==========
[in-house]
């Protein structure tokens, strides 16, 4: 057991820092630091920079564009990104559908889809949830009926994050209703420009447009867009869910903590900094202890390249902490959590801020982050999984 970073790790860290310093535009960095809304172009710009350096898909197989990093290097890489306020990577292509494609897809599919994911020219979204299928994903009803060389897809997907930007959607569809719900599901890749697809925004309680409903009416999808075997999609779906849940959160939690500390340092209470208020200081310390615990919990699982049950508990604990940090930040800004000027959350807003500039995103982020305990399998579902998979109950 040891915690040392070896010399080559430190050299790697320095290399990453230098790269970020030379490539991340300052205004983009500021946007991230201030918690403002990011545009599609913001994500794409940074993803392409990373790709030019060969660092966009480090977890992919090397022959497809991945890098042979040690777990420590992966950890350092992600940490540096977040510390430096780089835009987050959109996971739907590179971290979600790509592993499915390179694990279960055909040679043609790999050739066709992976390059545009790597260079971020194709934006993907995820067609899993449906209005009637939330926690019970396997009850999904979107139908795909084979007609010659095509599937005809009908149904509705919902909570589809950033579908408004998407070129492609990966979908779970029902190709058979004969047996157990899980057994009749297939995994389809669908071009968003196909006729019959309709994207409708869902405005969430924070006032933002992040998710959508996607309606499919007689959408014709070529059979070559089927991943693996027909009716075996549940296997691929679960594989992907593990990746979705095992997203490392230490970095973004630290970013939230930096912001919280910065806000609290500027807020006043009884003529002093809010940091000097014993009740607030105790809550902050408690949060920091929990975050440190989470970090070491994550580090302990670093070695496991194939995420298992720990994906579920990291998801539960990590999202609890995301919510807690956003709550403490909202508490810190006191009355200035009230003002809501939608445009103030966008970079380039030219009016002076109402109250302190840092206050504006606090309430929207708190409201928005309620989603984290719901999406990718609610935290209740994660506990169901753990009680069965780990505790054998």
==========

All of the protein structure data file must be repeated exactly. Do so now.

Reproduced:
[in-house]
């Protein structure tokens, strides 16, 4: 057991820092630091920079564009990104559908889809949830009926994050209703420009447009867009869910903590900094202890390249902490959590801020982050999984 970073790790860290310093535009960095809304172009710009350096898909197989990093290097890489306020990577292509494609897809599919994911020219979204299928994903009803060389897809997907930007959607569809719900599901890749697809925004309680409903009416999808075997999609779906849940959160939690500390340092209470208020200081310390615990919990699982049950508990604990940090930040800004000027959350807003500039995103982020305990399998579902998979109950 040891915690040392070896010399080559430190050299790697320095290399990453230098790269970020030379490539991340300052205004983009500021946007991230201030918690403002990011545009599609913001994500794409940074993803392409990373790709030019060969660092966009480090977890992919090397022959497809991945890098042979040690777990420590992966950890350092992600940490540096977040510390430096780089835009987050959109996971739907590179971290979600790509592993499915390179694990279960055909040679043609790999050739066709992976390059545009790597260079971020194709934006993907995820067609899993449906209005009637939330926690019970396997009850999904979107139908795909084979007609010659095509599937005809009908149904509705919902909570589809950033579908408004998407070129492609990966979908779970029902190709058979004969047996157990899980057994009749297939995994389809669908071009968003196909006729019959309709994207409708869902405005969430924070006032933002992040998710959508996607309606499919007689959408014709070529059979070559089927991943693996027909009716075996549940296997691929679960594989992907593990990746979705095992997203490392230490970095973004630290970013939230930096912001919280910065806000609290500027807020006043009884003529002093809010940091000097014993009740607030105790809550902050408690949060920091929990975050440190989470970090070491994550580090302990670093070695496991194939995420298992720990994906579920990291998801539960990590999202609890995301919510807690956003709550403490909202508490810190006191009355200035009230003002809501939608445009103030966008970079380039030219009016002076109402109250302190840092206050504006606090309430929207708190409201928005309620989603984290719901999406990718609610935290209740994660506990169901753990009680069965780990505790054998």